Florian Matthaeus Spiegl, Co-Founder and COO of FinFabrik, is featured as the second founder in our Meet the FinTech Founder Series.
Florian was a mentor in the inaugural SuperCharger program, and actually met the co-founder of his current startup as they mentored one of our previous SuperCharger cohort companies. Find out more about the story below!
I sat down with Florian to learn more about his journey as a startup founder and his latest startup FinFabrik. Read more to learn about FinFabrik’s unique philosophy when it comes to funding, the milestones they have achieved, and for Florian’s tips as a founder of four ventures.
Can you let us know a little about FinFabrik?
FinFabrik is a B2B software as a service company focused on capital markets tech. Companies use our platforms to provide investment services to their clients. That can range from the active side which is end users trading in stocks or financial instruments directly, all the other way to the passive side, which is clients’ money being managed either by a human portfolio manager or by an intelligent machine leveraging artificial intelligence. We are building integrated platforms that financial services companies but also technology companies can use to bring these kinds of services to their clients.
So this is not just about FinFabrik, but also about you as a founder. You mentioned that you were involved in four different ventures. Can you talk a little bit about your journey how you started your venture and where you are now?
That’s a long story so I’m going to go high level. In the end it is all about entrepreneurial spirit. Even when I worked in corporates, that was always there. Basically, I just followed that spirit. In the beginning, you do it in a very unstructured way and you make a lot of mistakes. I can say I learned most from those. You get to understand how things work inherently, how you can make a small company successful and grow it. Going through that journey is really why I enjoy being an entrepreneur. The mistakes and the learning curve are just as much a part of it as the success stories.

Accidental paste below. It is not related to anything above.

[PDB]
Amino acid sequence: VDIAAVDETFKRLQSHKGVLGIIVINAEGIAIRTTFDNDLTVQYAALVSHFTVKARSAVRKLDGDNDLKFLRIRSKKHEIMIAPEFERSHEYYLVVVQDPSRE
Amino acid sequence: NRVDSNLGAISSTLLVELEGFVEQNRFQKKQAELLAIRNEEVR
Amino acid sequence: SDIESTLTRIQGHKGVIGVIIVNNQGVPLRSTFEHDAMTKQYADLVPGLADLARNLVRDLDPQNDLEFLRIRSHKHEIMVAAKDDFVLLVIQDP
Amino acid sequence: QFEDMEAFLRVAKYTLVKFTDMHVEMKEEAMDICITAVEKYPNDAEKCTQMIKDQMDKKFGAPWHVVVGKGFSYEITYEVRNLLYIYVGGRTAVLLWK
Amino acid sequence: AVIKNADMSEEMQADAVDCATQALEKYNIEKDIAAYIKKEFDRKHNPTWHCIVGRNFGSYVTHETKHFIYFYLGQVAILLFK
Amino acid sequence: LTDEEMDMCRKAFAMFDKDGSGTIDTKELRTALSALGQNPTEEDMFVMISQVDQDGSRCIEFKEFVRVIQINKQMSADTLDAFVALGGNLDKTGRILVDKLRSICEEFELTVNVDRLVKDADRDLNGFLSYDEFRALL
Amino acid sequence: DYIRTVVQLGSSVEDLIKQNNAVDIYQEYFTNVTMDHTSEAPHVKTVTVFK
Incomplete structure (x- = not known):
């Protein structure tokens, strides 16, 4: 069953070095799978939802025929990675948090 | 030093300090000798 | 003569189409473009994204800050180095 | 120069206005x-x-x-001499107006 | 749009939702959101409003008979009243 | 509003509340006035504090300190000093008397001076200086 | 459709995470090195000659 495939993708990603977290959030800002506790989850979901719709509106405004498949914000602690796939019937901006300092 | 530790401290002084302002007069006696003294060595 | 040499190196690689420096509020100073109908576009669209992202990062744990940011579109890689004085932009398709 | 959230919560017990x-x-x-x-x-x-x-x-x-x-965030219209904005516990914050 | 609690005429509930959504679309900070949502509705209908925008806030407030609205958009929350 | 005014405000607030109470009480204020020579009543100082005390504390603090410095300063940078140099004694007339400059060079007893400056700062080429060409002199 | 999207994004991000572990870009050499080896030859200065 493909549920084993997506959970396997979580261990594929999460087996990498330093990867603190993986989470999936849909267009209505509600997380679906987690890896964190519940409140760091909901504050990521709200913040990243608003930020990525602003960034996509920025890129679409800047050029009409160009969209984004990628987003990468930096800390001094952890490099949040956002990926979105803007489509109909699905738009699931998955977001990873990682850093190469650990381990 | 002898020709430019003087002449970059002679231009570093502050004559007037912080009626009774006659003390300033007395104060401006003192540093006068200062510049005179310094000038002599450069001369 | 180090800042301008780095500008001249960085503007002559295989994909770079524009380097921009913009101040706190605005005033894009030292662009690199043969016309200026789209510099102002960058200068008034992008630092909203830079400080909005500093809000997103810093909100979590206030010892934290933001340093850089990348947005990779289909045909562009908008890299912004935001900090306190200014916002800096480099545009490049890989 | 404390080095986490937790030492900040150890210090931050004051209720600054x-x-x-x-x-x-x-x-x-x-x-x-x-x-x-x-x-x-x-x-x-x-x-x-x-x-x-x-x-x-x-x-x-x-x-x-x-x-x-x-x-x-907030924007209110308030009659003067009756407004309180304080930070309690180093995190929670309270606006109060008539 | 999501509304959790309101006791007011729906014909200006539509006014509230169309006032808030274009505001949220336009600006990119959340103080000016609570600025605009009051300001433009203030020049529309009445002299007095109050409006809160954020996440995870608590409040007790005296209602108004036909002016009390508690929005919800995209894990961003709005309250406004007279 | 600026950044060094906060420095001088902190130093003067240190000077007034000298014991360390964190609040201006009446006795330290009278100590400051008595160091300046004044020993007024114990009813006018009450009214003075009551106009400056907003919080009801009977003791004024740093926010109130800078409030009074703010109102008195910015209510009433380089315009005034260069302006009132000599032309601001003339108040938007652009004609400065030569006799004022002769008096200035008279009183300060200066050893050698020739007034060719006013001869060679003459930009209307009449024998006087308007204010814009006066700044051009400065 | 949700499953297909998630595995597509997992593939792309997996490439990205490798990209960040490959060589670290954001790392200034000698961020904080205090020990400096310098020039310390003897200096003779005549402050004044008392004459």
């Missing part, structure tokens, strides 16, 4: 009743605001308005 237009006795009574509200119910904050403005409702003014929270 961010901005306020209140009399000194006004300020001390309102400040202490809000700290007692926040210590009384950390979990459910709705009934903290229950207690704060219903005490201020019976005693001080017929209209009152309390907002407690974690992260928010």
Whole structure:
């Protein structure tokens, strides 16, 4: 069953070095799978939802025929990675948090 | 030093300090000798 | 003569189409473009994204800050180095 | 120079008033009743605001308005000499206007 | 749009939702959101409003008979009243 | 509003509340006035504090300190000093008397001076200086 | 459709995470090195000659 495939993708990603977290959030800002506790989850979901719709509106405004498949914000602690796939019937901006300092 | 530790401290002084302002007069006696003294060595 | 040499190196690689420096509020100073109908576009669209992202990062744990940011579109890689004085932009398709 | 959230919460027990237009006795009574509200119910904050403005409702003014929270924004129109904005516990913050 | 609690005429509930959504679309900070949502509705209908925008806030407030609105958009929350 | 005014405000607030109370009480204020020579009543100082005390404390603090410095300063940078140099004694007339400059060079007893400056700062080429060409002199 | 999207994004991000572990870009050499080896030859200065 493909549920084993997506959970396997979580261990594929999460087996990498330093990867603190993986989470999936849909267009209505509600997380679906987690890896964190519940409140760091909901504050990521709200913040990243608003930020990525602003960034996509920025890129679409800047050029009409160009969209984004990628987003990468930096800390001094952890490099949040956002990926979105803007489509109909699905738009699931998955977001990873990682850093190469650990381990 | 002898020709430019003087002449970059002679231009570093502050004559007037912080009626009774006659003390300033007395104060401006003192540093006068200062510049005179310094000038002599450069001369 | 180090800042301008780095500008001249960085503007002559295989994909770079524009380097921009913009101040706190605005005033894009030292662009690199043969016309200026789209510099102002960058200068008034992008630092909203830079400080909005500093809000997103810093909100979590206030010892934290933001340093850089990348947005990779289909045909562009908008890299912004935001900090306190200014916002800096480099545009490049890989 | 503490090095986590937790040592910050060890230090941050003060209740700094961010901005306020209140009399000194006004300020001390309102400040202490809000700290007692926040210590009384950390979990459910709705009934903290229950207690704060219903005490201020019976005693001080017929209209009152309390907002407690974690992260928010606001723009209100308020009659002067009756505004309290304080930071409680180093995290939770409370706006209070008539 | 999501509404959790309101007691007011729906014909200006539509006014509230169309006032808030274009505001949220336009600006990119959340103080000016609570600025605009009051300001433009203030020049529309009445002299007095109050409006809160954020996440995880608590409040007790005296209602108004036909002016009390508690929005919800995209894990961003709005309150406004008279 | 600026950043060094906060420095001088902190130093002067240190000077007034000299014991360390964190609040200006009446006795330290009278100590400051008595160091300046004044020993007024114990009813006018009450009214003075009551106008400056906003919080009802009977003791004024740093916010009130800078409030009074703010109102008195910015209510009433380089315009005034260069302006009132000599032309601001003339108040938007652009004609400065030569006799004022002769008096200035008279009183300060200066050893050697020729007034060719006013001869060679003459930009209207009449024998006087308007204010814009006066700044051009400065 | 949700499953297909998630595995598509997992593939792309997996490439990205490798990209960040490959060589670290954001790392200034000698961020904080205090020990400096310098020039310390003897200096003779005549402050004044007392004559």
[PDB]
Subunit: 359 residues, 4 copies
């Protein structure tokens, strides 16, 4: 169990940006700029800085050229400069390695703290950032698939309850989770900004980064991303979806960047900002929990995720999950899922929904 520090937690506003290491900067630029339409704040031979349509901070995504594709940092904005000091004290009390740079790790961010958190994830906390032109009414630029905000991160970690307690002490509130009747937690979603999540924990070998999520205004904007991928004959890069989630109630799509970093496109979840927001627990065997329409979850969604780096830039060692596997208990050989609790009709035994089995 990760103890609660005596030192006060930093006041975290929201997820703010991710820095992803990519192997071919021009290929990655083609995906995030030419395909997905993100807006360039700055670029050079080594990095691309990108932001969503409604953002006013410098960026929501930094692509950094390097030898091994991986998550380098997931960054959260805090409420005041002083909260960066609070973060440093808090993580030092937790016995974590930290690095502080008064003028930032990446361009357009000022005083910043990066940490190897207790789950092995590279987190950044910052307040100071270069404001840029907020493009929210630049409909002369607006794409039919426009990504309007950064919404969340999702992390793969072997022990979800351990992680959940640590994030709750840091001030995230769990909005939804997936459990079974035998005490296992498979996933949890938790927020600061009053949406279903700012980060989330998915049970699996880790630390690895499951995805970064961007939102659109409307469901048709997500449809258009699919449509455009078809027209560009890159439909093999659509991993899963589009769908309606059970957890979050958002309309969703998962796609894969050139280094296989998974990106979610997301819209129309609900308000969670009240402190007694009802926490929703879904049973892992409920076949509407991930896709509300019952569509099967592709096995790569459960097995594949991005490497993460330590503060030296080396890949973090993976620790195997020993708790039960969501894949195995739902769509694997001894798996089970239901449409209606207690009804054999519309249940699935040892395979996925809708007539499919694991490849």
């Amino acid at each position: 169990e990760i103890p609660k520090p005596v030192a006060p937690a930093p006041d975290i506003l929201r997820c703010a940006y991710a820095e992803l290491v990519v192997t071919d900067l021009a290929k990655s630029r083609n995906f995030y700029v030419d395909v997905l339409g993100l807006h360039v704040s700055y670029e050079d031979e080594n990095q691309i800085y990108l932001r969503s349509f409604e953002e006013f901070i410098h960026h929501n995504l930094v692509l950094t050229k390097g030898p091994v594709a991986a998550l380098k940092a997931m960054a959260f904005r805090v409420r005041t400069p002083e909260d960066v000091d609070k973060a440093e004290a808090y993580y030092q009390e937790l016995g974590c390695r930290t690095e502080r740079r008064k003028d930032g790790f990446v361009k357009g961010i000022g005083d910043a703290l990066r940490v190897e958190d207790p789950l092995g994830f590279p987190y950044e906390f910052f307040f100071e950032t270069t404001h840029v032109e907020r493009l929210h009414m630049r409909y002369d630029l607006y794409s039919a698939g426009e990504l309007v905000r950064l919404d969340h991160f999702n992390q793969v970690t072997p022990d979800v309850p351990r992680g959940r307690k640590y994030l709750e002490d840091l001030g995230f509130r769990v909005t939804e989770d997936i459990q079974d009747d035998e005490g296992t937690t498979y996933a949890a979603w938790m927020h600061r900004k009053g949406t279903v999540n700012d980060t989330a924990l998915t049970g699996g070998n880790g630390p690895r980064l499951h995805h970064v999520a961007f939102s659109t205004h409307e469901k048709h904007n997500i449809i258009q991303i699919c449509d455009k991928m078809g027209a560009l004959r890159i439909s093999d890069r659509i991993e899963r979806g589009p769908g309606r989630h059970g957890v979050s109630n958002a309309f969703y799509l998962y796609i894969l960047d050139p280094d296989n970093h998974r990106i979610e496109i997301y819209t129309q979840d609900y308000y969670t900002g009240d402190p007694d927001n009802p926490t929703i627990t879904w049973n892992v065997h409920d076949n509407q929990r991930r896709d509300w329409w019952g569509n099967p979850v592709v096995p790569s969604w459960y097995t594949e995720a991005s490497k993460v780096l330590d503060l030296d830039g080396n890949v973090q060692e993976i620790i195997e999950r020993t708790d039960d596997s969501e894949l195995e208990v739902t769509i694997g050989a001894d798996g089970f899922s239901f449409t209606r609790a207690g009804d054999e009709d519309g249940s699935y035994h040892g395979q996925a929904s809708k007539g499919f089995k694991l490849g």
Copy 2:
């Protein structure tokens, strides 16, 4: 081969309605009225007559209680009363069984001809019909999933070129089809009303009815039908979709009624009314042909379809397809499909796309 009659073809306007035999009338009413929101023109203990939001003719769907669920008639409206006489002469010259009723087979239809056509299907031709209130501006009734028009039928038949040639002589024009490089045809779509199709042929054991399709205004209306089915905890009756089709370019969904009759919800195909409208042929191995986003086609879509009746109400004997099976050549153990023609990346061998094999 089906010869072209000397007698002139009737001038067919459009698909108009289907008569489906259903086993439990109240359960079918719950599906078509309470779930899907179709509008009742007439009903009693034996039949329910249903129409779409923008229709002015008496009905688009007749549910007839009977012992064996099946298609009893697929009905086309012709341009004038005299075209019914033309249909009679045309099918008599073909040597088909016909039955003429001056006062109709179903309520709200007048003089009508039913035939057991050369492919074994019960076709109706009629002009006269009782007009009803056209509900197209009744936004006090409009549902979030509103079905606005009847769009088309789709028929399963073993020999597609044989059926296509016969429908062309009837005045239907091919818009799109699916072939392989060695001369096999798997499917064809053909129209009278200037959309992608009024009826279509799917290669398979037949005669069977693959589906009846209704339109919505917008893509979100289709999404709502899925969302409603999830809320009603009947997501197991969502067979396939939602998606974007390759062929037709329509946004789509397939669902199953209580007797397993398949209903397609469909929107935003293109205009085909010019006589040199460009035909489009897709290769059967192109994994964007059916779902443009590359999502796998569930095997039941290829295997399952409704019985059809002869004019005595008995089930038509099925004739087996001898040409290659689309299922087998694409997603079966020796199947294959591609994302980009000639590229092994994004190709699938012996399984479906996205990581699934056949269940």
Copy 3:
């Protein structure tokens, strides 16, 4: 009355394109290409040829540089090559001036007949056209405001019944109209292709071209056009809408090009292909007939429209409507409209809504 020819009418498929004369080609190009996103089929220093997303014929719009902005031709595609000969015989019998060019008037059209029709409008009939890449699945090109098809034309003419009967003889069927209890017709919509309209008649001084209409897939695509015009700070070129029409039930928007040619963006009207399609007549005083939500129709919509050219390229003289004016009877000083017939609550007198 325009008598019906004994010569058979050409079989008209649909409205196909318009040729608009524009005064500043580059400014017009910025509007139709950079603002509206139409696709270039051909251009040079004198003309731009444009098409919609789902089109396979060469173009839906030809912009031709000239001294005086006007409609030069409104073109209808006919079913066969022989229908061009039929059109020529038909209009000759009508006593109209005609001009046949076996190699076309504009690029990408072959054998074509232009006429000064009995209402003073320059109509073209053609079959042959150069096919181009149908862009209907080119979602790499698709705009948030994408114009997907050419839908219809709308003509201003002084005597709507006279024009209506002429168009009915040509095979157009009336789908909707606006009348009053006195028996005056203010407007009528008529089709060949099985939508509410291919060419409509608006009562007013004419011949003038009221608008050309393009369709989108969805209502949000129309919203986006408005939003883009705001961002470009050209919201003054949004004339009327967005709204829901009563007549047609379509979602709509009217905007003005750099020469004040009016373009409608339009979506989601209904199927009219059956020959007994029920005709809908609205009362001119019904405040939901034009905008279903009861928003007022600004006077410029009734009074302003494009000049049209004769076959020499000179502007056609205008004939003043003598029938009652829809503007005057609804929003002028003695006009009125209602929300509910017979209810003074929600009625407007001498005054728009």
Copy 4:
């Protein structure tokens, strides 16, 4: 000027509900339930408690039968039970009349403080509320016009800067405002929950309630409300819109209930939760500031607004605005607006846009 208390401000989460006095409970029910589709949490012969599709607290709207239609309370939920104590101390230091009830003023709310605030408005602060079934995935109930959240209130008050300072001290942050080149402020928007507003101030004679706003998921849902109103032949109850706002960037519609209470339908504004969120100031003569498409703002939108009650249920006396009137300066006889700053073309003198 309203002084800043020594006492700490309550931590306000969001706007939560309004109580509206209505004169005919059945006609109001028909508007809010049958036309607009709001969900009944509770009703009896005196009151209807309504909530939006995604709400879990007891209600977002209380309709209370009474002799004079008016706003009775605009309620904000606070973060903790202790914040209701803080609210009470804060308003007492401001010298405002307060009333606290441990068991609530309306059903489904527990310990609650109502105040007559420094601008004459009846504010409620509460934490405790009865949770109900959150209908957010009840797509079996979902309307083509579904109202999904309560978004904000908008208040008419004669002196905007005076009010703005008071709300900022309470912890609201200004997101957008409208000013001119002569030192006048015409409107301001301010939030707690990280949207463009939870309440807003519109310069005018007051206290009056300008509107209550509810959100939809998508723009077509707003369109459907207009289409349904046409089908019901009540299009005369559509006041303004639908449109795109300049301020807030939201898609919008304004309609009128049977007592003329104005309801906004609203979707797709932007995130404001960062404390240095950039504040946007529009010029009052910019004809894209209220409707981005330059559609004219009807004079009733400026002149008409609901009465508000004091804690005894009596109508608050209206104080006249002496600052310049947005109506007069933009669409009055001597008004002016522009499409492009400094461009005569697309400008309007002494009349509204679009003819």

So how did FinFabrik start?
That’s a very good question because it actually started while we were at SuperCharger. Alex, my co-founder, and I were both mentors at the program. We were mentoring Neat and worked with David and his team [founder of Neat]. They were presenting and we were giving feedback. Alex was commenting. I didn’t know him, but I said to myself, that guy knows his stuff. Alex tells me he was thinking the same about me. In terms of perspectives we were on the same page. We have also both been around the block in banking. Naturally we met straight after that session and clicked immediately on a personal level. Both of us were open at the same time to create something in FinTech. Shortly after we met Marcel, our CTO. It was several good things coming together.